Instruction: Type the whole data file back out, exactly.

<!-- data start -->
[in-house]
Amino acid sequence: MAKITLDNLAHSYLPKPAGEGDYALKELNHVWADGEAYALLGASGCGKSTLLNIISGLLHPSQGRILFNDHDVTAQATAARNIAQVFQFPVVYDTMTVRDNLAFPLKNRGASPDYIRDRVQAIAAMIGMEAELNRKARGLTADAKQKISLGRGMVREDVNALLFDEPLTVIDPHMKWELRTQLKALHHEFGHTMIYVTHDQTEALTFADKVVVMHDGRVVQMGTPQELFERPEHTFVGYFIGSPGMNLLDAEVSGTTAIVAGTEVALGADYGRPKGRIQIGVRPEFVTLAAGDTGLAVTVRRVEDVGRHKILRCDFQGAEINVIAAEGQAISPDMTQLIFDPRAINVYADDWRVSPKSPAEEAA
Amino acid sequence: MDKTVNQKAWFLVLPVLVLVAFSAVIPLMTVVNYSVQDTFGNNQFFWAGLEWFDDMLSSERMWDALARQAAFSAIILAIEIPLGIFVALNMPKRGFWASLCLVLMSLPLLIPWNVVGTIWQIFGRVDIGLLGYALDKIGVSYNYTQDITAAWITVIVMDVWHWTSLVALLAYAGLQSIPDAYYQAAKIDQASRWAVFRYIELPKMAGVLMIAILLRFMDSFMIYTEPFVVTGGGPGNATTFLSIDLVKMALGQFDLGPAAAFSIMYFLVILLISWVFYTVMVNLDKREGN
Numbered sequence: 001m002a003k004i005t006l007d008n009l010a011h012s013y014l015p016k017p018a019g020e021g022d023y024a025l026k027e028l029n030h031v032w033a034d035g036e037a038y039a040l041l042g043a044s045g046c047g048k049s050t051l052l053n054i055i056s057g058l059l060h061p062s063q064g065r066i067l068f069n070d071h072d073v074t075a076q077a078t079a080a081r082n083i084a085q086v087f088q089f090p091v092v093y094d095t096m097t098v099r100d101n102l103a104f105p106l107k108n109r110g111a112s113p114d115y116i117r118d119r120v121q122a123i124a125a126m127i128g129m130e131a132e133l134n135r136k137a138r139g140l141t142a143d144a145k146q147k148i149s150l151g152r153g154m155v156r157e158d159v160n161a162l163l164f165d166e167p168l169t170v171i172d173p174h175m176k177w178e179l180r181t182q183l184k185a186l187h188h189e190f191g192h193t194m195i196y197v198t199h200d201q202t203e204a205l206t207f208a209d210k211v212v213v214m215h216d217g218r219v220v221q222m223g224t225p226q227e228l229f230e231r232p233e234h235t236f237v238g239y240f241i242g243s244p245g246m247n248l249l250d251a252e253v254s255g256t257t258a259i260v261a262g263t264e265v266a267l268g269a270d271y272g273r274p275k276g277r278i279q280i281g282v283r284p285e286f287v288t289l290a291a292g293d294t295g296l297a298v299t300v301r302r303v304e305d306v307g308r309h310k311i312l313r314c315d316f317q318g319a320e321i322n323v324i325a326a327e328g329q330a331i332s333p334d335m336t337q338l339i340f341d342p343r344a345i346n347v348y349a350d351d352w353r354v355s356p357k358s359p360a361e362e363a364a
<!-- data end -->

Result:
[in-house]
Amino acid sequence: MAKITLDNLAHSYLPKPAGEGDYALKELNHVWADGEAYALLGASGCGKSTLLNIISGLLHPSQGRILFNDHDVTAQATAARNIAQVFQFPVVYDTMTVRDNLAFPLKNRGASPDYIRDRVQAIAAMIGMEAELNRKARGLTADAKQKISLGRGMVREDVNALLFDEPLTVIDPHMKWELRTQLKALHHEFGHTMIYVTHDQTEALTFADKVVVMHDGRVVQMGTPQELFERPEHTFVGYFIGSPGMNLLDAEVSGTTAIVAGTEVALGADYGRPKGRIQIGVRPEFVTLAAGDTGLAVTVRRVEDVGRHKILRCDFQGAEINVIAAEGQAISPDMTQLIFDPRAINVYADDWRVSPKSPAEEAA
Amino acid sequence: MDKTVNQKAWFLVLPVLVLVAFSAVIPLMTVVNYSVQDTFGNNQFFWAGLEWFDDMLSSERMWDALARQAAFSAIILAIEIPLGIFVALNMPKRGFWASLCLVLMSLPLLIPWNVVGTIWQIFGRVDIGLLGYALDKIGVSYNYTQDITAAWITVIVMDVWHWTSLVALLAYAGLQSIPDAYYQAAKIDQASRWAVFRYIELPKMAGVLMIAILLRFMDSFMIYTEPFVVTGGGPGNATTFLSIDLVKMALGQFDLGPAAAFSIMYFLVILLISWVFYTVMVNLDKREGN
Numbered sequence: 001m002a003k004i005t006l007d008n009l010a011h012s013y014l015p016k017p018a019g020e021g022d023y024a025l026k027e028l029n030h031v032w033a034d035g036e037a038y039a040l041l042g043a044s045g046c047g048k049s050t051l052l053n054i055i056s057g058l059l060h061p062s063q064g065r066i067l068f069n070d071h072d073v074t075a076q077a078t079a080a081r082n083i084a085q086v087f088q089f090p091v092v093y094d095t096m097t098v099r100d101n102l103a104f105p106l107k108n109r110g111a112s113p114d115y116i117r118d119r120v121q122a123i124a125a126m127i128g129m130e131a132e133l134n135r136k137a138r139g140l141t142a143d144a145k146q147k148i149s150l151g152r153g154m155v156r157e158d159v160n161a162l163l164f165d166e167p168l169t170v171i172d173p174h175m176k177w178e179l180r181t182q183l184k185a186l187h188h189e190f191g192h193t194m195i196y197v198t199h200d201q202t203e204a205l206t207f208a209d210k211v212v213v214m215h216d217g218r219v220v221q222m223g224t225p226q227e228l229f230e231r232p233e234h235t236f237v238g239y240f241i242g243s244p245g246m247n248l249l250d251a252e253v254s255g256t257t258a259i260v261a262g263t264e265v266a267l268g269a270d271y272g273r274p275k276g277r278i279q280i281g282v283r284p285e286f287v288t289l290a291a292g293d294t295g296l297a298v299t300v301r302r303v304e305d306v307g308r309h310k311i312l313r314c315d316f317q318g319a320e321i322n323v324i325a326a327e328g329q330a331i332s333p334d335m336t337q338l339i340f341d342p343r344a345i346n347v348y349a350d351d352w353r354v355s356p357k358s359p360a361e362e363a364a